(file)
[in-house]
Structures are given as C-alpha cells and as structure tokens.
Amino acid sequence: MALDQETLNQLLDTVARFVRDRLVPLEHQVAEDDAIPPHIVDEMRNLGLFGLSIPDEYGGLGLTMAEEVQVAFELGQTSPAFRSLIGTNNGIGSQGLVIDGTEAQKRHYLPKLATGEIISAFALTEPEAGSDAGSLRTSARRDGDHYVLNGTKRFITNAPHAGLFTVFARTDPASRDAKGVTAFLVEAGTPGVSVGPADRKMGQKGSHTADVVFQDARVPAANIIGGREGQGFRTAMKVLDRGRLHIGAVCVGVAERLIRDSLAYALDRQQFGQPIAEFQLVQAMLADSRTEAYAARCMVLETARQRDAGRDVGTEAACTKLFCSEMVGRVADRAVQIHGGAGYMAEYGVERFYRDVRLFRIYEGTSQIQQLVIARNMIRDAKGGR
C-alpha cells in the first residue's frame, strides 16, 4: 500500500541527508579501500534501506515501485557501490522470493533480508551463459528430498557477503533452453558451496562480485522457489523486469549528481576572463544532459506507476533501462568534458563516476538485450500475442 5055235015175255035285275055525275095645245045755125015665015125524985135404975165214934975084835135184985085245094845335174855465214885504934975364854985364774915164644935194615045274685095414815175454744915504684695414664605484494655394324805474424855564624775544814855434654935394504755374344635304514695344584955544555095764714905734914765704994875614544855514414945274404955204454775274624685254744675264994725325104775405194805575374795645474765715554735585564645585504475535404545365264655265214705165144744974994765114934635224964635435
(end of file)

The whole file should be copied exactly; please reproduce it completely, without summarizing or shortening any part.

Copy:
[in-house]
Structures are given as C-alpha cells and as structure tokens.
Amino acid sequence: MALDQETLNQLLDTVARFVRDRLVPLEHQVAEDDAIPPHIVDEMRNLGLFGLSIPDEYGGLGLTMAEEVQVAFELGQTSPAFRSLIGTNNGIGSQGLVIDGTEAQKRHYLPKLATGEIISAFALTEPEAGSDAGSLRTSARRDGDHYVLNGTKRFITNAPHAGLFTVFARTDPASRDAKGVTAFLVEAGTPGVSVGPADRKMGQKGSHTADVVFQDARVPAANIIGGREGQGFRTAMKVLDRGRLHIGAVCVGVAERLIRDSLAYALDRQQFGQPIAEFQLVQAMLADSRTEAYAARCMVLETARQRDAGRDVGTEAACTKLFCSEMVGRVADRAVQIHGGAGYMAEYGVERFYRDVRLFRIYEGTSQIQQLVIARNMIRDAKGGR
C-alpha cells in the first residue's frame, strides 16, 4: 500500500541527508579501500534501506515501485557501490522470493533480508551463459528430498557477503533452453558451496562480485522457489523486469549528481576572463544532459506507476533501462568534458563516476538485450500475442 5055235015175255035285275055525275095645245045755125015665015125524985135404975165214934975084835135184985085245094845335174855465214885504934975364854985364774915164644935194615045274685095414815175454744915504684695414664605484494655394324805474424855564624775544814855434654935394504755374344635304514695344584955544555095764714905734914765704994875614544855514414945274404955204454775274624685254744675264994725325104775405194805575374795645474765715554735585564645585504475535404545365264655265214705165144744974994765114934635224964635435